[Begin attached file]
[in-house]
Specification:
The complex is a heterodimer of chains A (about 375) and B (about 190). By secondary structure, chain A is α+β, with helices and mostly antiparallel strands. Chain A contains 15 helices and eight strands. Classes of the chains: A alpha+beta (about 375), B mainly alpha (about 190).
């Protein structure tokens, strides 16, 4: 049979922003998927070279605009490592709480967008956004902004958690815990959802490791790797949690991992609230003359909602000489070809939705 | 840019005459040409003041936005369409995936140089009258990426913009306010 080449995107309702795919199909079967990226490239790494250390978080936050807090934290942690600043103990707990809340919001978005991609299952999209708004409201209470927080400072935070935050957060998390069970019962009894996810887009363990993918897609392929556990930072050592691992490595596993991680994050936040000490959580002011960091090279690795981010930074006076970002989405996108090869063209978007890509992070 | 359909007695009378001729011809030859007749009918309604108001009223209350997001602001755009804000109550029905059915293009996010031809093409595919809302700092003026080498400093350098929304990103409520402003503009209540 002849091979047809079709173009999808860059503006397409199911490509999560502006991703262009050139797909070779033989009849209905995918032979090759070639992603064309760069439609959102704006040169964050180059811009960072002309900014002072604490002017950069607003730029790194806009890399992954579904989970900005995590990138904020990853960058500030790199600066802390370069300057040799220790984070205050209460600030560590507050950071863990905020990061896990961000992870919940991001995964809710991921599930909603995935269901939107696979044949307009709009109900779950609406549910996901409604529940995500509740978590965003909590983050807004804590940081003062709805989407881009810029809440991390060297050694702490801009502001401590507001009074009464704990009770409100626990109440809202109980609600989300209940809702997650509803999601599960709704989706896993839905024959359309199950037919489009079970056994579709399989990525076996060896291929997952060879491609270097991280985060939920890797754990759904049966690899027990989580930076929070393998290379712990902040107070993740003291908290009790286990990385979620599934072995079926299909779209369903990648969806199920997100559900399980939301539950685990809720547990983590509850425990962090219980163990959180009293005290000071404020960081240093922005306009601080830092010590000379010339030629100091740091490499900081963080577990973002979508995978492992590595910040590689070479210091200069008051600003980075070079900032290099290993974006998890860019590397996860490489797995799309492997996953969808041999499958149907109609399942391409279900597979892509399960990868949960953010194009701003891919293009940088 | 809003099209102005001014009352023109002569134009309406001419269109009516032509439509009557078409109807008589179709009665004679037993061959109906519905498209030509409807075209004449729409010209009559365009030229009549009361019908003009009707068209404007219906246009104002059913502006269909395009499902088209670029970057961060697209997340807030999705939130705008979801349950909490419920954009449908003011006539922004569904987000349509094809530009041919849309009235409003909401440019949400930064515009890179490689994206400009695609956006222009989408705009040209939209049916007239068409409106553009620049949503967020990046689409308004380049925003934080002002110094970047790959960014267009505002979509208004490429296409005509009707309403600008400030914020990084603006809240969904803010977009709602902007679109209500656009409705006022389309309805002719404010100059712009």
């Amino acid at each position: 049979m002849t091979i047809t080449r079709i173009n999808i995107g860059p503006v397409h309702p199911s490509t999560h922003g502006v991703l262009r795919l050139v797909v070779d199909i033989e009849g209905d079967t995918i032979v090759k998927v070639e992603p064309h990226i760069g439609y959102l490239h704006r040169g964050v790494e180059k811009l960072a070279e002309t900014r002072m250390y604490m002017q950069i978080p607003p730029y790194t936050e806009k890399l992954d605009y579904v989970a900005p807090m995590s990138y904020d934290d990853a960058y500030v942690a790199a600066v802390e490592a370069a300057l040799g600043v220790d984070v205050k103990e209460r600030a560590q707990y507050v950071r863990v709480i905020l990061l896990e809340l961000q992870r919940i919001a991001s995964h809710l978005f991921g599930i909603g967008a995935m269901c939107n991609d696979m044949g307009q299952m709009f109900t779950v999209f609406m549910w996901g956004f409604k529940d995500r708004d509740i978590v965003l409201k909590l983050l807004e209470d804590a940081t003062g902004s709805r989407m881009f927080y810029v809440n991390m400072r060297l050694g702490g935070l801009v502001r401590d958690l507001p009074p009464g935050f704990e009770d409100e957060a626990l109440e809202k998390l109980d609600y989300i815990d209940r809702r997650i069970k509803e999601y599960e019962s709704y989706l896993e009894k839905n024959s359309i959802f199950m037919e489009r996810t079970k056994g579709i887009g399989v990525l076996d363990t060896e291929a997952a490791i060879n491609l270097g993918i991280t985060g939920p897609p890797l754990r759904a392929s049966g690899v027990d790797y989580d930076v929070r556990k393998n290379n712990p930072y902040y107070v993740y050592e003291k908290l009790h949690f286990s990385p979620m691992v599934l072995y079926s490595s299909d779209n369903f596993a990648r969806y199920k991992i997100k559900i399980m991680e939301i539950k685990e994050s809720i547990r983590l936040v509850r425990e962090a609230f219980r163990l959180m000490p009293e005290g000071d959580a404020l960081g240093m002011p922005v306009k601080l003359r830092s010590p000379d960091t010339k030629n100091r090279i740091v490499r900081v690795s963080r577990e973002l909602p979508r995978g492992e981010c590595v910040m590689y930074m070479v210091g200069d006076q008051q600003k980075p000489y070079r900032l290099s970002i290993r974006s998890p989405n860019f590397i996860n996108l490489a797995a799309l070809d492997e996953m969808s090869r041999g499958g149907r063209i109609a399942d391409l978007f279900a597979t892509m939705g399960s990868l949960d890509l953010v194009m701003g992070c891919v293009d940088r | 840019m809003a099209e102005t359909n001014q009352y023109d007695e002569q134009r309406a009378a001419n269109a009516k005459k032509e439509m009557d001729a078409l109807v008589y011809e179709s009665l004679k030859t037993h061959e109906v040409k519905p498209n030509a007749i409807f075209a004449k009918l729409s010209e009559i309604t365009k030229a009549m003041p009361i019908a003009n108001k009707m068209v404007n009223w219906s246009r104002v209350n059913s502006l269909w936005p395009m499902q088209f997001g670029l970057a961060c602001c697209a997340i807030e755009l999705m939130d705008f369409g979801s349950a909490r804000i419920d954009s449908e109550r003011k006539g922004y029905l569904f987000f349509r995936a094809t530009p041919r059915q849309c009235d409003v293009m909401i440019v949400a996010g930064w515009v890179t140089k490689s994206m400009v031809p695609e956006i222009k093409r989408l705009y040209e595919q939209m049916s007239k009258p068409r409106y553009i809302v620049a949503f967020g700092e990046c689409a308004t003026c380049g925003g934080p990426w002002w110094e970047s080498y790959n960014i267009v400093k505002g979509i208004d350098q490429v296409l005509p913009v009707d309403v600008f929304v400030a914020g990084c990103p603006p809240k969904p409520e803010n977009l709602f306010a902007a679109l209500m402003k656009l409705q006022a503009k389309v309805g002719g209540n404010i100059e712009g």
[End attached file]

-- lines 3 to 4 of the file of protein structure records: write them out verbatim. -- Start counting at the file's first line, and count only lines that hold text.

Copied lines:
The complex is a heterodimer of chains A (about 375) and B (about 190). By secondary structure, chain A is α+β, with helices and mostly antiparallel strands. Chain A contains 15 helices and eight strands. Classes of the chains: A alpha+beta (about 375), B mainly alpha (about 190).
């Protein structure tokens, strides 16, 4: 049979922003998927070279605009490592709480967008956004902004958690815990959802490791790797949690991992609230003359909602000489070809939705 | 840019005459040409003041936005369409995936140089009258990426913009306010 080449995107309702795919199909079967990226490239790494250390978080936050807090934290942690600043103990707990809340919001978005991609299952999209708004409201209470927080400072935070935050957060998390069970019962009894996810887009363990993918897609392929556990930072050592691992490595596993991680994050936040000490959580002011960091090279690795981010930074006076970002989405996108090869063209978007890509992070 | 359909007695009378001729011809030859007749009918309604108001009223209350997001602001755009804000109550029905059915293009996010031809093409595919809302700092003026080498400093350098929304990103409520402003503009209540 002849091979047809079709173009999808860059503006397409199911490509999560502006991703262009050139797909070779033989009849209905995918032979090759070639992603064309760069439609959102704006040169964050180059811009960072002309900014002072604490002017950069607003730029790194806009890399992954579904989970900005995590990138904020990853960058500030790199600066802390370069300057040799220790984070205050209460600030560590507050950071863990905020990061896990961000992870919940991001995964809710991921599930909603995935269901939107696979044949307009709009109900779950609406549910996901409604529940995500509740978590965003909590983050807004804590940081003062709805989407881009810029809440991390060297050694702490801009502001401590507001009074009464704990009770409100626990109440809202109980609600989300209940809702997650509803999601599960709704989706896993839905024959359309199950037919489009079970056994579709399989990525076996060896291929997952060879491609270097991280985060939920890797754990759904049966690899027990989580930076929070393998290379712990902040107070993740003291908290009790286990990385979620599934072995079926299909779209369903990648969806199920997100559900399980939301539950685990809720547990983590509850425990962090219980163990959180009293005290000071404020960081240093922005306009601080830092010590000379010339030629100091740091490499900081963080577990973002979508995978492992590595910040590689070479210091200069008051600003980075070079900032290099290993974006998890860019590397996860490489797995799309492997996953969808041999499958149907109609399942391409279900597979892509399960990868949960953010194009701003891919293009940088 | 809003099209102005001014009352023109002569134009309406001419269109009516032509439509009557078409109807008589179709009665004679037993061959109906519905498209030509409807075209004449729409010209009559365009030229009549009361019908003009009707068209404007219906246009104002059913502006269909395009499902088209670029970057961060697209997340807030999705939130705008979801349950909490419920954009449908003011006539922004569904987000349509094809530009041919849309009235409003909401440019949400930064515009890179490689994206400009695609956006222009989408705009040209939209049916007239068409409106553009620049949503967020990046689409308004380049925003934080002002110094970047790959960014267009505002979509208004490429296409005509009707309403600008400030914020990084603006809240969904803010977009709602902007679109209500656009409705006022389309309805002719404010100059712009």